Lack of awareness fuels consumers continued support of a system so corrupt and unfair.  Three and a half billion cups of coffee are consumed daily worldwide. Of those 3.5 billion cups, 2.8 billion of them come from beans grown in developing third world countries. In these countries, the coffee farmers earn, on average, $1,000 annually. To understand the unfair and uneven nature of the coffee trade, compare their $1,000 yearly wages with the whopping price tag of $1,200 that an average American spends at coffee shops per year. The underlying issue? Coffee farmers are being taken advantage of in third world countries, and their stories are kept in the dark, shrouded by a lack of representation. Educating ourselves is the first step towards supporting a healthier coffee economy.

A move in the right direction is the implementation of Fair Trade Coffee, but along with these two steps forward, we are brought one step back. Fair Trade Coffee aims to create an alternative coffee market that improves farmers’ wages and working conditions. It works to support small-scale farmers by eliminating the middle man, and giving them the money that they rightfully deserve in exchange for their crops. Buying Fair Trade Coffee helps your money go into the hands of the hardworking farmers, which helps them support their families while also giving them the opportunity to run a more environmentally friendly farming operation. The problem with Fair Trade is that as it becomes more prevalent, it has become easier for coffee distributors to claim their coffee as fair trade when it truly isn’t. We can avoid these ‘Unfair’ Trade coffees by doing research about certain brands before we purchase their beans. As sustainable coffee is on the rise, various other certifications and verifications have been implemented that you can read about here.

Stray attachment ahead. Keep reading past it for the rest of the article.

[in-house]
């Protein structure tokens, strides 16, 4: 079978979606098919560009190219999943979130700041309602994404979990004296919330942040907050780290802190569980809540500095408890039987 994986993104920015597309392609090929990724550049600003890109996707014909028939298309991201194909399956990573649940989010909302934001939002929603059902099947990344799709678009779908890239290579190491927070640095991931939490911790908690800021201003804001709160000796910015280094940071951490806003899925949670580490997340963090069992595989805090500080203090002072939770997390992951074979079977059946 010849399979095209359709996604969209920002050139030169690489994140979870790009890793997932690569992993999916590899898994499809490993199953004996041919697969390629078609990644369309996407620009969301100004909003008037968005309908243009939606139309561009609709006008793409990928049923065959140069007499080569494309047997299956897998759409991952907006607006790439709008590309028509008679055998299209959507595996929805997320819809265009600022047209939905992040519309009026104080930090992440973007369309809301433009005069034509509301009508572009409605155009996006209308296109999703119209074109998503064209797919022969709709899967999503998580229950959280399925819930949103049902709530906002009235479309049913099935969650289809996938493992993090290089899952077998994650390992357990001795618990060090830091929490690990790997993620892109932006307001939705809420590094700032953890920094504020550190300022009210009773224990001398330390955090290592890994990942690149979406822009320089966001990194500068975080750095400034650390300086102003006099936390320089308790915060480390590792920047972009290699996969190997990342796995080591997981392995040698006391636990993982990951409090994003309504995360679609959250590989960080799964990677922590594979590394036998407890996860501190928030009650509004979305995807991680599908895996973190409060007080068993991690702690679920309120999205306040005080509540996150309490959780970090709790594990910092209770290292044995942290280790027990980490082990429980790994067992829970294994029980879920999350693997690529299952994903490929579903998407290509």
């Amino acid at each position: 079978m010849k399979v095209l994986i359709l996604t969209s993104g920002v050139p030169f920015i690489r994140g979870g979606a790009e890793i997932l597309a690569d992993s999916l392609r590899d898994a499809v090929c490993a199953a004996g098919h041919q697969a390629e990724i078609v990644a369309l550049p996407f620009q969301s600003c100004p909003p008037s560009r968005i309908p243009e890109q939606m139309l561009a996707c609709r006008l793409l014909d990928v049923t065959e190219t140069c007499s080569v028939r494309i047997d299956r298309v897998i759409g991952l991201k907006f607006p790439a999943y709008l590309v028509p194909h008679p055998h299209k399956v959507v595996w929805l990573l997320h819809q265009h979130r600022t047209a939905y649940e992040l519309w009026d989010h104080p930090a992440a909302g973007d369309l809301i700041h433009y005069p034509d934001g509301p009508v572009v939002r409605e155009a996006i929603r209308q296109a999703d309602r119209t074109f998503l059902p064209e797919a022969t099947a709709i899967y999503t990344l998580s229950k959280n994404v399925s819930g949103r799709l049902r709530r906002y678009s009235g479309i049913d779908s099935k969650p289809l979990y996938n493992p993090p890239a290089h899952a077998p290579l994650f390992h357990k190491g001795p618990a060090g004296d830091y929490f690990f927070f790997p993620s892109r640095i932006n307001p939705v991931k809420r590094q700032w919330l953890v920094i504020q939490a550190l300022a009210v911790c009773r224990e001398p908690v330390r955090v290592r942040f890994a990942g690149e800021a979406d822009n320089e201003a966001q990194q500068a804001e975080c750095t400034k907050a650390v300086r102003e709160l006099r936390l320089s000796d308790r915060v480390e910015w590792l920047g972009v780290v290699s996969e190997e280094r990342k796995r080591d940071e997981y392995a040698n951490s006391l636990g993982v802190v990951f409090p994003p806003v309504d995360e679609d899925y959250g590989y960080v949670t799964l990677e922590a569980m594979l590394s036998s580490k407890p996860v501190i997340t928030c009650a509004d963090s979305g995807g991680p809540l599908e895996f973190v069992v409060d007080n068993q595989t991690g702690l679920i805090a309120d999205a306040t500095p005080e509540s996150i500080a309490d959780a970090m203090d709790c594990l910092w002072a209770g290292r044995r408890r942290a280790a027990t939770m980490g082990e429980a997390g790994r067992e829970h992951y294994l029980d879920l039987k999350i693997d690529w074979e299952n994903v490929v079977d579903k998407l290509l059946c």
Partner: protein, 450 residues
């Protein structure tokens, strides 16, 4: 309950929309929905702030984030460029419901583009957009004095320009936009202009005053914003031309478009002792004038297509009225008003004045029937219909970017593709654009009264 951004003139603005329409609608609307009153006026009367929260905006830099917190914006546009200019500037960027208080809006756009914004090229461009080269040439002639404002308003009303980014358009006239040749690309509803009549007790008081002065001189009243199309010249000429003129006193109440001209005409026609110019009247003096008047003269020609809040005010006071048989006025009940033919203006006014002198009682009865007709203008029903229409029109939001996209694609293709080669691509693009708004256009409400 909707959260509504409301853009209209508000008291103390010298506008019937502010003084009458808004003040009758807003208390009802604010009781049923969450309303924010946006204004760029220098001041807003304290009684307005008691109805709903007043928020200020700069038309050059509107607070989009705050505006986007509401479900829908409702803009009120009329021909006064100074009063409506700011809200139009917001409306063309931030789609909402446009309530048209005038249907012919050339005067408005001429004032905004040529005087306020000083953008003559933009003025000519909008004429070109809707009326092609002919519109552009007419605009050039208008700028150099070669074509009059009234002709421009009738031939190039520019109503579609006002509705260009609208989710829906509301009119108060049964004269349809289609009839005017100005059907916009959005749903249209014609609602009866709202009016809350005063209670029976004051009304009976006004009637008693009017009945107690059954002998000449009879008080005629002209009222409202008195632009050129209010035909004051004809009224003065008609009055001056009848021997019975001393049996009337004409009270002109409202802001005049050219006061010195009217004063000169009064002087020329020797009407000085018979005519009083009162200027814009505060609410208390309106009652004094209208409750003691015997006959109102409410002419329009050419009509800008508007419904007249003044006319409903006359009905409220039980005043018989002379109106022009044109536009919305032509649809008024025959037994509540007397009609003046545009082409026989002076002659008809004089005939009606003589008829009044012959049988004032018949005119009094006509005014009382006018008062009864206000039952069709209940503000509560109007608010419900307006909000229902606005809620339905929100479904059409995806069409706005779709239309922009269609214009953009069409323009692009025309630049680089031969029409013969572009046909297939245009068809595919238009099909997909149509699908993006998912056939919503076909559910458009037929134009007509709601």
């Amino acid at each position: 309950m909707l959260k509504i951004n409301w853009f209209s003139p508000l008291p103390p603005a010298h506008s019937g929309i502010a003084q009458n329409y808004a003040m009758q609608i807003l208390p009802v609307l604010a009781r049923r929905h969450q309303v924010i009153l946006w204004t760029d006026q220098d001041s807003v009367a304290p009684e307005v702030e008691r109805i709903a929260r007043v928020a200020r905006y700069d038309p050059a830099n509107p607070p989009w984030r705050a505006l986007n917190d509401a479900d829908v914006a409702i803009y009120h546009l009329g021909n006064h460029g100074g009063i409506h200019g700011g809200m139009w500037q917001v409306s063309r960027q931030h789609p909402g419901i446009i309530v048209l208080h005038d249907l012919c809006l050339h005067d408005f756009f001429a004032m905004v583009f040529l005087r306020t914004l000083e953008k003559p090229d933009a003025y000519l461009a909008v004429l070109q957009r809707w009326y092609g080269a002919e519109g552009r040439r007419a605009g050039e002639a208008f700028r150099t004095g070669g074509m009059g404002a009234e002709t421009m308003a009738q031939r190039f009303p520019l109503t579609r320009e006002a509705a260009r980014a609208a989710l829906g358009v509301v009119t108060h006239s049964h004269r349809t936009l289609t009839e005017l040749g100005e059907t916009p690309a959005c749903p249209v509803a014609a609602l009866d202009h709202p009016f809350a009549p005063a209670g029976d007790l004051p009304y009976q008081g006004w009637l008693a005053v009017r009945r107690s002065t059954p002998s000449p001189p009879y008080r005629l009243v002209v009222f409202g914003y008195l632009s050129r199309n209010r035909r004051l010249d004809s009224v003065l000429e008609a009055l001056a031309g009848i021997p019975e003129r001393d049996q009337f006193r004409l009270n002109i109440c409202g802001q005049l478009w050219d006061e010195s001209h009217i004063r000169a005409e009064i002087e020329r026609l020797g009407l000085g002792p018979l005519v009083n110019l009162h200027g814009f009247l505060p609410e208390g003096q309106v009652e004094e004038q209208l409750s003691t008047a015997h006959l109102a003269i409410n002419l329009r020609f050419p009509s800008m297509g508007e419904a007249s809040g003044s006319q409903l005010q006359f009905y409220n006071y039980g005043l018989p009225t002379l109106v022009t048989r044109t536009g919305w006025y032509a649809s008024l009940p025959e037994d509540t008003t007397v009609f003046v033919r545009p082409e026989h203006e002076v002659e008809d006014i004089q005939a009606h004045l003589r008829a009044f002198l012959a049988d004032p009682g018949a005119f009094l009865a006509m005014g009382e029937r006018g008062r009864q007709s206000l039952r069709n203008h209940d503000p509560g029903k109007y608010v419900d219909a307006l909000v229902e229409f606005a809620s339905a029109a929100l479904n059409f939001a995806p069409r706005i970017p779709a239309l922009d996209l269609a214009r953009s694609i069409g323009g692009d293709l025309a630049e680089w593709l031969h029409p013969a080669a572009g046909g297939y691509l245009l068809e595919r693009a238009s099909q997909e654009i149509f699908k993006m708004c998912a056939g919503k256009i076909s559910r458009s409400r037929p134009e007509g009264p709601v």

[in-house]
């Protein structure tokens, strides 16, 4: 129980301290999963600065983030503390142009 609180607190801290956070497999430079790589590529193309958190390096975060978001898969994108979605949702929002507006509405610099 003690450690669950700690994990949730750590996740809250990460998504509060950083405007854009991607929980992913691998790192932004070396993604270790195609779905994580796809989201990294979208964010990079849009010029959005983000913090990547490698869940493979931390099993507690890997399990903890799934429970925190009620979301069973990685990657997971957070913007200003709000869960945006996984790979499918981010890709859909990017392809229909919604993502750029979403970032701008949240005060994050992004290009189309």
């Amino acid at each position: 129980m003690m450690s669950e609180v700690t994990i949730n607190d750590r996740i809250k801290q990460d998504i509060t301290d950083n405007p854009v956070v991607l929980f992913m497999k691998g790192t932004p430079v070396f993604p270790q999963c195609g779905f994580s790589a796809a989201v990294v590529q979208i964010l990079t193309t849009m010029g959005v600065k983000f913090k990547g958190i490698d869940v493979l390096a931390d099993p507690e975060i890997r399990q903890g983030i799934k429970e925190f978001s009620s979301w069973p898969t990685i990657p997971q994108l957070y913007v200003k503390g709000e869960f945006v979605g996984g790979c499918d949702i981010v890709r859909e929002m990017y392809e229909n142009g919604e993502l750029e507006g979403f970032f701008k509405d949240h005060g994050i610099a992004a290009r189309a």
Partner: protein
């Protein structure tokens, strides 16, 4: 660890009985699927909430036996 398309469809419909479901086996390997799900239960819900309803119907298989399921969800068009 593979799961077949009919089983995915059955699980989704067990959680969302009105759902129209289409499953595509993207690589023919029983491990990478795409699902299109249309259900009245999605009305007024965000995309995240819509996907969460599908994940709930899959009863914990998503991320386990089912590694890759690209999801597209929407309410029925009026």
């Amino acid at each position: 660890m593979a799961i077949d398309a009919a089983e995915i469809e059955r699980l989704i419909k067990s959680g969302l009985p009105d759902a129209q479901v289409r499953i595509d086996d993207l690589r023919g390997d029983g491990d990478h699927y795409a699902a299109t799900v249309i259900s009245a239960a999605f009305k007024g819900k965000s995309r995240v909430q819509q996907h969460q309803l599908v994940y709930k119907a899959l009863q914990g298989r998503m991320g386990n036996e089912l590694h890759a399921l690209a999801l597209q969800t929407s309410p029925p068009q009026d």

To make shopping for Fair Trade beans a little easier,  I have compiled a small list of Fair Trade Coffees that are available in Boulder County.

 

Conscious Coffee:

“Coffee is one of the world's most valuable commodities, second only to oil. That's why we believe this bean has enormous potential. At every point along the supply chain - from growing and roasting, to brewing and sipping - we have the chance to change lives and protect this precious environment. At Conscious Coffees, we are passionate about running our business as responsibly and ethically as we know how in order to bring you a great cup of coffee that you can feel good about.”

Ozo Coffee:

“We "direct source" organic, fair trade coffees and pay a fair living wage in an effort to support a sustainable coffee livelihood in developing countries. Our attention to sustainable practices in growing regions and here at home have earned us strong growth and recognition as an award-winning Roaster-Retailer.”

 

Pekoe:

“We believe Fair Trade and Organic labeling initiatives to be symbiotic, because what is good for the workers is good for trees, birds, and our shared environment.”

Laughing Goat:

“The Laughing Goat is world-class espresso locally roasted & beautifully crafted. Featuring premium estate, shade-grown, organic and Fair Trade certified coffee from the Kaladi Brothers of Denver.”

 

        In the past years, I have become increasingly aware of industrialized food and what I put into my body. The problems that many of us have been trying to get away from in regards to industrialized food, are the same problems that we face with our world’s coffee beans. If we can all make the decision to purchase our coffee beans consciously, our efforts can have a profound impact. We need to work together to help sustain our environment, while making sure that the hardworking small farmers are getting the compensation that they deserve. For a brilliant illustration of how “Coffee Gets From the Farmer to Your Cup” click here.